MTA Reveals Plans For Williamsburg Bridge Trains at L-pocalypse Town Hall
Last night’s Brooklyn town hall about the L train shutdown drew a smaller and generally more supportive crowd than last week’s contentious meeting in the West Village, but some sparring with city officials still revealed a lack of trust in the MTA and DOT on both sides of the East River.
Whereas the Manhattan meeting started with a question about police enforcement against cyclists, the Brooklyn town hall began with a question asking why the planned Grand Street bike lane was only going to be protected on one side of the street. Attendees also repeatedly asked for a 24/7 busway on 14th Street and the Williamsburg Bridge, as opposed to the current plan to run bus-only lanes only during “peak hours.”
The push for a 24/7 busway got an endorsement from an unlikely source, as Blair Bertaccii, a 14th Street resident who showed up to the meeting, asked for that and for the 13th Street bike lane to be permanent. “You have a lot of friends in Williamsburg,” Trottenberg told Bertaccii.
Unlike his neighbors at the meeting last week, Bertaccii told Bedford + Bowery he thought the DOT and MTA outreach effort has been good, and voiced support for commuters and cyclists that was absent at the last meeting. “I’ve heard those people before at other meetings. I think cycling is becoming more and more popular, and once the lanes are put in, hopefully they’ll find it’s not the danger or impediment they believe it’s going to be and that it’s actually a useful piece of infrastructure to have on a street,” he said.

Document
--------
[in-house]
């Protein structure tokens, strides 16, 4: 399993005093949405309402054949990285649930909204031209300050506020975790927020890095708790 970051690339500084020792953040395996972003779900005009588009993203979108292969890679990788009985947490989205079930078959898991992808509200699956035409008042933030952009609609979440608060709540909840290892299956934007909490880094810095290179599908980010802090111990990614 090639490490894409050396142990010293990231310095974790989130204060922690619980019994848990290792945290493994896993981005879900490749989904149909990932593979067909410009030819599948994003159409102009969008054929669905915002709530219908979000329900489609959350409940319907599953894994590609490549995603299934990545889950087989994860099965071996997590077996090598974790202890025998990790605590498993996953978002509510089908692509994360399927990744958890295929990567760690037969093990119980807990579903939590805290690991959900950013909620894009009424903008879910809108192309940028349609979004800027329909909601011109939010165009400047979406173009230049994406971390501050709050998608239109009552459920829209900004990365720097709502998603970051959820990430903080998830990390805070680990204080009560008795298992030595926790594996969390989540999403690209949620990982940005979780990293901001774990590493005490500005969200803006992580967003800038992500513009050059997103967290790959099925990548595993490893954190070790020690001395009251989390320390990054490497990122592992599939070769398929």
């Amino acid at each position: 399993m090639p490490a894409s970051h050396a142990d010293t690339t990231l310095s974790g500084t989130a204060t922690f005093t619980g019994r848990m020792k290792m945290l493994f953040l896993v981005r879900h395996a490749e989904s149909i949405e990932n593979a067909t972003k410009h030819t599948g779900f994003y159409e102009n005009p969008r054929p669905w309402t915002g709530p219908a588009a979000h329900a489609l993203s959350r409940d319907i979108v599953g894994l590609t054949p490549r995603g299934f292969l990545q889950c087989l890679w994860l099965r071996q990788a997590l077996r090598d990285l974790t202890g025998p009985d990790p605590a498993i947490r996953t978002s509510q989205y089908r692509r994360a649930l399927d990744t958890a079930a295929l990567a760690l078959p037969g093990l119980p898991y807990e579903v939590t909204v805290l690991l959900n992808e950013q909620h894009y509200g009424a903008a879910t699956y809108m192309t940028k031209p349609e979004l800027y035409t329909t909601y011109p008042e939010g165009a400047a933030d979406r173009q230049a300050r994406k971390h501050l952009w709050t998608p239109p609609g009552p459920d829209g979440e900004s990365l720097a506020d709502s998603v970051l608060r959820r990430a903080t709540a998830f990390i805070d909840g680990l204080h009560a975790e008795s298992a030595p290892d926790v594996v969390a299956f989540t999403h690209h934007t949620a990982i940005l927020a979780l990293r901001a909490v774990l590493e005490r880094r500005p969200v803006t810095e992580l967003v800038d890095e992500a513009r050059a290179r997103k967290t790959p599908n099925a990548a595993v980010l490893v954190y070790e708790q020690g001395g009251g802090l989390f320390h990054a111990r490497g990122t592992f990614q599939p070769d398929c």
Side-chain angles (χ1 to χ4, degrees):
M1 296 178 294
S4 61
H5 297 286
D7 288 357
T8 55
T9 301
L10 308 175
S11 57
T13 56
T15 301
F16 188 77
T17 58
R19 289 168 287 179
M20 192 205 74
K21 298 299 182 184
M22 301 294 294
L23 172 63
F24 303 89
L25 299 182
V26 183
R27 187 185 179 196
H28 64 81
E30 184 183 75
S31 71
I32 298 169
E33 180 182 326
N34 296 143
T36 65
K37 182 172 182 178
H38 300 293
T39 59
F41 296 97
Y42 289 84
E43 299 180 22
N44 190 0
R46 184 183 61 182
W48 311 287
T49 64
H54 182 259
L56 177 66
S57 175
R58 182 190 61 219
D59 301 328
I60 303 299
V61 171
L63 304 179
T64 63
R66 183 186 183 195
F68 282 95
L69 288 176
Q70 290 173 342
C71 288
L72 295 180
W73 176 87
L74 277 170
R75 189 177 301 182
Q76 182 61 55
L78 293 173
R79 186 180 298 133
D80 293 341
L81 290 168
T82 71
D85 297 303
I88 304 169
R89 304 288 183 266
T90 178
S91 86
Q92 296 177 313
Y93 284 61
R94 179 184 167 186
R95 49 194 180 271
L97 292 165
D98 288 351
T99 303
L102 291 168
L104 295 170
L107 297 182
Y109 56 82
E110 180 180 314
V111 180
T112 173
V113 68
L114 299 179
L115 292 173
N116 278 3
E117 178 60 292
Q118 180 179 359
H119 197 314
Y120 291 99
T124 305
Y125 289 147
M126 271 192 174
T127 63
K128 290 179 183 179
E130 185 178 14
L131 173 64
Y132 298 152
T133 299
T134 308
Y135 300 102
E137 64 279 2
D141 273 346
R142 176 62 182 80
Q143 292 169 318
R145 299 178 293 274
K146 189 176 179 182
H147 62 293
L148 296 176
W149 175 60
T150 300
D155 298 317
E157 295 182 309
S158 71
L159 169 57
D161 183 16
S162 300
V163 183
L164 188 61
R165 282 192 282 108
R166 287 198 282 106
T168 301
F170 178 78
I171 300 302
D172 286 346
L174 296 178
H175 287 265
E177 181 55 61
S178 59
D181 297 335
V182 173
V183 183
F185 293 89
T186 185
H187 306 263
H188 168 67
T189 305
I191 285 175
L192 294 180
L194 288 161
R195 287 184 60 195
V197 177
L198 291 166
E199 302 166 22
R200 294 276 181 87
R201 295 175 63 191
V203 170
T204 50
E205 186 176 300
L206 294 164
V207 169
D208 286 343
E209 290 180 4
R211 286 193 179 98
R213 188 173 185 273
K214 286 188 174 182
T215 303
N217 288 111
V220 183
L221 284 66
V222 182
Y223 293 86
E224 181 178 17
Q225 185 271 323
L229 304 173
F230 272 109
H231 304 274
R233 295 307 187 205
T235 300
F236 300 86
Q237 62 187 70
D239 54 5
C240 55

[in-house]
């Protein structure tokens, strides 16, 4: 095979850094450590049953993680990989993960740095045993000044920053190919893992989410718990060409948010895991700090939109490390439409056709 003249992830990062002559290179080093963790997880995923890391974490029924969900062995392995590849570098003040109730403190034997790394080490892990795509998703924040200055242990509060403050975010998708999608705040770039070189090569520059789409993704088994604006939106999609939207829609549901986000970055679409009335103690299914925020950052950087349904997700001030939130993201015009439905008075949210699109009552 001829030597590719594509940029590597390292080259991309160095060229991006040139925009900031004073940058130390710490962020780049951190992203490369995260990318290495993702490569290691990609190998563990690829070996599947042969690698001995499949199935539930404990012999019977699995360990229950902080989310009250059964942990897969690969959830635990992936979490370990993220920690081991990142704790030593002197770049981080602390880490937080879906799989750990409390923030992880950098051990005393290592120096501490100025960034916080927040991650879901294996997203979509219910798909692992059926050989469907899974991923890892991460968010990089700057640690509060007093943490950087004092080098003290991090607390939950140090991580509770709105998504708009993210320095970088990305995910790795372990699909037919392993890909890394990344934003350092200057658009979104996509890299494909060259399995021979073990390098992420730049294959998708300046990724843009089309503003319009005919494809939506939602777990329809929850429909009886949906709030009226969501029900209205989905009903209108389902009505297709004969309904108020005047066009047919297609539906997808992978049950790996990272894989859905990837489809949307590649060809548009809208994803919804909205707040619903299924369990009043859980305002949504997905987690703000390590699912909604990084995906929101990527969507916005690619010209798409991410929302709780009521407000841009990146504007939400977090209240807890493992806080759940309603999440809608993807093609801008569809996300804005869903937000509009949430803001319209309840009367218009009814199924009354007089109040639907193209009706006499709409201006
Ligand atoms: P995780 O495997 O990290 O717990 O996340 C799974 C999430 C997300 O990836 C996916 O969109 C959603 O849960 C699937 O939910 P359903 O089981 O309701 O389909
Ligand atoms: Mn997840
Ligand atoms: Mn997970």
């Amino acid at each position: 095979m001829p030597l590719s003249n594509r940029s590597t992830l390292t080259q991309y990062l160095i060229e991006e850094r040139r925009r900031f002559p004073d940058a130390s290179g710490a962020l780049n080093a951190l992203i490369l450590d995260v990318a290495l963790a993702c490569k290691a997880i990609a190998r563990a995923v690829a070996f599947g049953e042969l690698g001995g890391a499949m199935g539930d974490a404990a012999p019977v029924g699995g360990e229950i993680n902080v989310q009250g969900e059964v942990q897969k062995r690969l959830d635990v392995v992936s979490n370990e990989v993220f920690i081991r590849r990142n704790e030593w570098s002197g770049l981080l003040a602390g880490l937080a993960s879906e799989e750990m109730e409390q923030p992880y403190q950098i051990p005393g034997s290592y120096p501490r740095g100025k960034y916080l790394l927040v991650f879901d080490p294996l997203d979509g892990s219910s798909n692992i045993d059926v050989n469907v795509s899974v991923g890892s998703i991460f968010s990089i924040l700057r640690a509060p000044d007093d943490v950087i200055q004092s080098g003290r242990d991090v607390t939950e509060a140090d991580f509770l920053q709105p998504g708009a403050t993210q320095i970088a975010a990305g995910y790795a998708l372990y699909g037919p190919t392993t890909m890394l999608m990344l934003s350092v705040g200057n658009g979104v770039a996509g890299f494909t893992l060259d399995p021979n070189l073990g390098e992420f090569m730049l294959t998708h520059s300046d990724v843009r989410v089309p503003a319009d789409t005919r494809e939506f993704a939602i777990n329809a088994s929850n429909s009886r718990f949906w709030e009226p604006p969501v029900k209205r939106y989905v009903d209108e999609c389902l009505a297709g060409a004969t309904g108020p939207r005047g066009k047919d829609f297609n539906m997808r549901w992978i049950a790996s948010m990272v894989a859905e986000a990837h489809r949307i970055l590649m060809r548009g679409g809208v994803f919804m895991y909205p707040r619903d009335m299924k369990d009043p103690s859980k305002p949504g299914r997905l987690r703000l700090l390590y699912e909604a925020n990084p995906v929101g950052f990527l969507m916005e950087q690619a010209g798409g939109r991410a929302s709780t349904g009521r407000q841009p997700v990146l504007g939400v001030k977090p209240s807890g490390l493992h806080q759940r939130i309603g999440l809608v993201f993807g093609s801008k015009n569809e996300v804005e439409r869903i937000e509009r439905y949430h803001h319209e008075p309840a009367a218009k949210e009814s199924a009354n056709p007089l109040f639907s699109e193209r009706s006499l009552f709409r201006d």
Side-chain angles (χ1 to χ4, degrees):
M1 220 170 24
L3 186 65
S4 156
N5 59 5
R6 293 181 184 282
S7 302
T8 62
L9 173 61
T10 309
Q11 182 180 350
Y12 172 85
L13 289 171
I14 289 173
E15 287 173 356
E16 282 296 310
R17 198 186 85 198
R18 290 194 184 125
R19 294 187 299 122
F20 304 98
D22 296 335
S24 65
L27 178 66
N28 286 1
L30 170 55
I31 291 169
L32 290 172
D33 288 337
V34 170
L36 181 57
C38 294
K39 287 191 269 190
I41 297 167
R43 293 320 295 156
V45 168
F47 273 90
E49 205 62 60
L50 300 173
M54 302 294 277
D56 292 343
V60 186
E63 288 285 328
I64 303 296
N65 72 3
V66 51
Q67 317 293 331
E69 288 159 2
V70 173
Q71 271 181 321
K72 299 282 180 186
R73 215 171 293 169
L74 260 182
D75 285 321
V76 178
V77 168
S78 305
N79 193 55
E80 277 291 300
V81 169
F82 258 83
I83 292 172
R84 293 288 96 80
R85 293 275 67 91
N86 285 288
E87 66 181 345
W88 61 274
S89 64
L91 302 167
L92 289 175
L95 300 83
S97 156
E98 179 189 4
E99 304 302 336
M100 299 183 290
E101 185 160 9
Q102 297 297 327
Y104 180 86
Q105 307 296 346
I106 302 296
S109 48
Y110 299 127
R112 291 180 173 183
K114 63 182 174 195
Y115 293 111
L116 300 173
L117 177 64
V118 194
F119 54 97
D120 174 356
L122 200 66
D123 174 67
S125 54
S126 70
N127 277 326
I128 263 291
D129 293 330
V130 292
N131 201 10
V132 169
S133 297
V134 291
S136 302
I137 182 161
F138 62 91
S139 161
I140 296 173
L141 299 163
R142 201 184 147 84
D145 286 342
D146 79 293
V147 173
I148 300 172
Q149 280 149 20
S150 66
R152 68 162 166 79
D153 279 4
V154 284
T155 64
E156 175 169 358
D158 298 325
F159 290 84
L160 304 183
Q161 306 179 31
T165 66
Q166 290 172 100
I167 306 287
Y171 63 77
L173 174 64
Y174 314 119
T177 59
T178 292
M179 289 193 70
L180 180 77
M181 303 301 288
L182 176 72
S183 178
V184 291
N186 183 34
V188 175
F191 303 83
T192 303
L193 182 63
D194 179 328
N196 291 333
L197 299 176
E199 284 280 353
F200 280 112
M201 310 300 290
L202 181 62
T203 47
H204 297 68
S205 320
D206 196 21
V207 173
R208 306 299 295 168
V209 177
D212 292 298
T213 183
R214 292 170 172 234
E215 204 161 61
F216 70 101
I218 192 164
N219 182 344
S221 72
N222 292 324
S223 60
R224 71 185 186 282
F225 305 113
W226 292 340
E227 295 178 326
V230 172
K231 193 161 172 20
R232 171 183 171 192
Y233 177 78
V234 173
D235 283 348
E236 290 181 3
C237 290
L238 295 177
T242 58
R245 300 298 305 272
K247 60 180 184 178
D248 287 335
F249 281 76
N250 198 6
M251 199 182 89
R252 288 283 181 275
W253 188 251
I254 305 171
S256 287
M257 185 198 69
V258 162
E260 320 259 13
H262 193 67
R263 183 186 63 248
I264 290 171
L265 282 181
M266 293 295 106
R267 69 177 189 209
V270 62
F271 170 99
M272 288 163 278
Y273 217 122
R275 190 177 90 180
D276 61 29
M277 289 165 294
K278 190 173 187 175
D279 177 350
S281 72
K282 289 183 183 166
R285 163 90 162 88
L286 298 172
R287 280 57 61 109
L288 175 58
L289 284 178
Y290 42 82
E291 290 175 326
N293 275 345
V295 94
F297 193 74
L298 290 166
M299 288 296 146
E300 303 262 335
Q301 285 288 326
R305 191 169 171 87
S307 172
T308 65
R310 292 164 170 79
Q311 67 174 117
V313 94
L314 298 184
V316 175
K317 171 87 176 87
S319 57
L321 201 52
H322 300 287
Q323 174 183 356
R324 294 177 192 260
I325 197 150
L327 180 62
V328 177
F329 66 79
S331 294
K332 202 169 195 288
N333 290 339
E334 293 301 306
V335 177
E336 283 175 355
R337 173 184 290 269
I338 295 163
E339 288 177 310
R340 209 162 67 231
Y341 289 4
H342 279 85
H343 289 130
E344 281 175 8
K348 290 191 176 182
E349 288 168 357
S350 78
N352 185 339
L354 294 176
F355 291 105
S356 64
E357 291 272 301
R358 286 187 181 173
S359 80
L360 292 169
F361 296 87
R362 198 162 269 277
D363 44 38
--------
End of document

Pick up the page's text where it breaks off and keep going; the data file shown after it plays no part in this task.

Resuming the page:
The “peak hours” for the busway are yet to be determined, according to DOT chair Polly Trottenberg and NYCTA president Andy Byford. Before the meeting, Trottenberg told reporters that “we said we would do these two town halls and then the two agencies are going to come back together and take a final look of what makes sense in terms of hours.”
Sone at the meeting were frustrated that, less than a year from the suspension of service, there were still missing specifics from the plan, though the gathered officials did their best to fill in some gaps. Byford said that “no one would be charged an extra fare” while moving between trains, buses and ferries. We also now know that 10 M trains and 14 J trains will be running over the Williamsburg Bridge per hour, after one attendee pushed both Byford and the NYCTA’s Peter Cafiero to tell her exactly how many.
But while the meeting spent time in the weeds of exactly how the city was going to move a quarter of a million L train riders every day, it wasn’t without its somewhat strange theatrics. Byford had a back-and-forth with an attendee who insisted the city study the feasibility of building two more tunnels instead of fixing the existing ones.
A pair of men dressed in suits did an awards show bit announcing the MTA as the winner of “the worst transit system in the entire world,” tried to present the panel with a trophy (they did not accept it) and were roundly booed by the audience the entire time.
Here, Byford, who has treated the challenge of being president of the NYCTA with a cheerful demeanor of a band director ready to turn around an underachieving high school marching band, finally seemed to crack a little bit. While admitting there were problems with the train service, he told the men that the “50,000 fabulous employees of the MTA do their damndest to keep service going, and they’re miracle workers, actually.” Later in the night, Byford again defended the agency, saying “a lot of other cities would love this transit system, even with all its faults.”
And while the Brooklyn meeting had its own version of the attendees in the West Village who wouldn’t trust the MTA’s L train ridership numbers, the crowd seemed ready to give higher marks to the city for their efforts. “Government only works best if it’s a two-way street of trust and communication,” attendee Katy Burgio told Bedford + Bowery. “So the fact that people are coming to these and other meetings they’ve held about the shutdown is good. It’s not easy to mobilize a plan of work like this for any agency or city, particularly New York but they’re trying to do their best.”